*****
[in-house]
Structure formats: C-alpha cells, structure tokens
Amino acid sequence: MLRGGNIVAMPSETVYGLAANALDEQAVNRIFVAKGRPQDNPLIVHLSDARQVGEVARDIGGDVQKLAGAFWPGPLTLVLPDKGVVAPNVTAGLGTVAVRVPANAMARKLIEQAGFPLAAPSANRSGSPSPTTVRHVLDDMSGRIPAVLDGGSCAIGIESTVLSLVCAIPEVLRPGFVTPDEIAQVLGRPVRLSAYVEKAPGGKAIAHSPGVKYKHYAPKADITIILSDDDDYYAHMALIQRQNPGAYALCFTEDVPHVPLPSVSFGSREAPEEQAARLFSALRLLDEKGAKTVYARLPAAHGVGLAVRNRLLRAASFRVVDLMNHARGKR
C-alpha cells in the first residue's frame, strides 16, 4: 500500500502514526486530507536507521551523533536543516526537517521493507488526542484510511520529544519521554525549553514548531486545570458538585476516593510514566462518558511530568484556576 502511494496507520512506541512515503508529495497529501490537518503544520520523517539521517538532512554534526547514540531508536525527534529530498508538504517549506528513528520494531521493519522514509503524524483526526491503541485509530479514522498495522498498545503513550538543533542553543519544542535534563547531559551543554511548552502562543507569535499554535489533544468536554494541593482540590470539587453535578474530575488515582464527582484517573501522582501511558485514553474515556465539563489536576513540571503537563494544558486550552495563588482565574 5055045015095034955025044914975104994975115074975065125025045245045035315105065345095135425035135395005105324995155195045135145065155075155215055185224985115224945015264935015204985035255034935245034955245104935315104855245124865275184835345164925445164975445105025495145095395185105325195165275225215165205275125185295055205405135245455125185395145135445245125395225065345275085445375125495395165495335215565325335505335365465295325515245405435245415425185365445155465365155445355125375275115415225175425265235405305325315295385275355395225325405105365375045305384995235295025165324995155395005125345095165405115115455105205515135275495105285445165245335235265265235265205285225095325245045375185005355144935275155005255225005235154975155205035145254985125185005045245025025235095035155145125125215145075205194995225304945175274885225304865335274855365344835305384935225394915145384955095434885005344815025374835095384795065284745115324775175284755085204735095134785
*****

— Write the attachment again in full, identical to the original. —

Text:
[in-house]
Structure formats: C-alpha cells, structure tokens
Amino acid sequence: MLRGGNIVAMPSETVYGLAANALDEQAVNRIFVAKGRPQDNPLIVHLSDARQVGEVARDIGGDVQKLAGAFWPGPLTLVLPDKGVVAPNVTAGLGTVAVRVPANAMARKLIEQAGFPLAAPSANRSGSPSPTTVRHVLDDMSGRIPAVLDGGSCAIGIESTVLSLVCAIPEVLRPGFVTPDEIAQVLGRPVRLSAYVEKAPGGKAIAHSPGVKYKHYAPKADITIILSDDDDYYAHMALIQRQNPGAYALCFTEDVPHVPLPSVSFGSREAPEEQAARLFSALRLLDEKGAKTVYARLPAAHGVGLAVRNRLLRAASFRVVDLMNHARGKR
C-alpha cells in the first residue's frame, strides 16, 4: 500500500502514526486530507536507521551523533536543516526537517521493507488526542484510511520529544519521554525549553514548531486545570458538585476516593510514566462518558511530568484556576 502511494496507520512506541512515503508529495497529501490537518503544520520523517539521517538532512554534526547514540531508536525527534529530498508538504517549506528513528520494531521493519522514509503524524483526526491503541485509530479514522498495522498498545503513550538543533542553543519544542535534563547531559551543554511548552502562543507569535499554535489533544468536554494541593482540590470539587453535578474530575488515582464527582484517573501522582501511558485514553474515556465539563489536576513540571503537563494544558486550552495563588482565574 5055045015095034955025044914975104994975115074975065125025045245045035315105065345095135425035135395005105324995155195045135145065155075155215055185224985115224945015264935015204985035255034935245034955245104935315104855245124865275184835345164925445164975445105025495145095395185105325195165275225215165205275125185295055205405135245455125185395145135445245125395225065345275085445375125495395165495335215565325335505335365465295325515245405435245415425185365445155465365155445355125375275115415225175425265235405305325315295385275355395225325405105365375045305384995235295025165324995155395005125345095165405115115455105205515135275495105285445165245335235265265235265205285225095325245045375185005355144935275155005255225005235154975155205035145254985125185005045245025025235095035155145125125215145075205194995225304945175274885225304865335274855365344835305384935225394915145384955095434885005344815025374835095384795065284745115324775175284755085204735095134785